10 Questions with Kitchen & Bath Designer Deb Dumel
From upgrading small spaces to going green, Deb Dumel, manager of Frank Webb’s Bath Center showroom in South Boston, has the answers.
She filled us in on the biggest trends for kitchen and bath, the showroom’s highlights—including the same brand of high-tech “throne” used by Tom Brady and Gisele Bundchen—and what you’ll see in the renovated space come September.
1. The real estate market is super-hot right now. What does that mean for business?
The hotbed now is the “new South Boston.” … A lot of these spaces only have one or one and a half baths, and it’s really about maximizing spaces. Aging in place is a hot-button issue today too. They don’t want a walk-in bathtub, they want something that looks spectacular. So we have a combination tub and shower. It’s very compact, also convenient if you have kids or dogs.
2. What are other concepts and trends that you think are really going to take off?
It’s all about “shower power” today. Steam showers are much more advanced. People want information at their fingertips, and the Steamist is Bluetooth-connecting. Your iPhone is command central. You can start it in your living room and it only takes 30 seconds to heat up, with settings for two people. We call it “chromatherapy,” you can listen to music (through invisible speakers), you can talk on the phone, multitask. You have mood lighting and aromatherapy canisters. Steam is good for the body, inside and out, for respiratory problems, for colicky children, and also water conservation—you only use one gallon of water.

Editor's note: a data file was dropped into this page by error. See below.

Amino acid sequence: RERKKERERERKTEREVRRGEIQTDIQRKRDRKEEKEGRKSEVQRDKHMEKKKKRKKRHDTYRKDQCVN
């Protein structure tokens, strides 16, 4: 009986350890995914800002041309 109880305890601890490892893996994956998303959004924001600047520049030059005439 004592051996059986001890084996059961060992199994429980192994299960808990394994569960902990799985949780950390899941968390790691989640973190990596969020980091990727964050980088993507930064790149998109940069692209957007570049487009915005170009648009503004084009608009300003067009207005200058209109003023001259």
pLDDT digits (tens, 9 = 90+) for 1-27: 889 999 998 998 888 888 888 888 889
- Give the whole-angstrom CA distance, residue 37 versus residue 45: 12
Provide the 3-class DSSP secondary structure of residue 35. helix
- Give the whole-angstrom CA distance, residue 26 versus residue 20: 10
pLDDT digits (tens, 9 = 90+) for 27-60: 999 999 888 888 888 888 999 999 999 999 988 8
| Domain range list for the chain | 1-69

3. Your showroom (photo above) was Boston’s first “green” showroom when it was completed in 2011. Is that a priority for F.W. Webb?
We’re advocates for putting LED in spotlights. Our warehouse is probably 100,000 square feet of lights that only come on when you walk down the aisles.
…Everything is about conserving water. There’s definitely a good percentage of people who want to know what technology is out there. Your body sprayers are using just a gallon a minute. They’ve developed technologies in showerheads now that make them perform like a three or four-gallon shower head. You’re really saving water with the one-gallon flush toilets versus the 1.2 or 1.6 too. The dual-flush toilets in the city are doing well also, to the point where Toto can’t keep up with production. You save a lot of money on your water bill. I have one myself.
4. You were featured in a TV segment about Tom Brady’s house after the 2012 Super Bowl—was that one of your career highlights?
Wes Welker made a joke about Tom Brady’s “throne,” a combination toilet/bidet, and we did a TV spiel in our showroom bathroom, demonstrating. You walk up to the toilet and it opens on its own. You don’t touch anything, you do your stuff, get up, walk away. Tom’s house in California has six of them and one in his Beacon Street place. It’s probably driven by his wife—it’s very European, all controlled by a panel. In many cases, it plays music and it sanitizes, deodorizes and dries.
5. Is “touchless” the next wave of the future?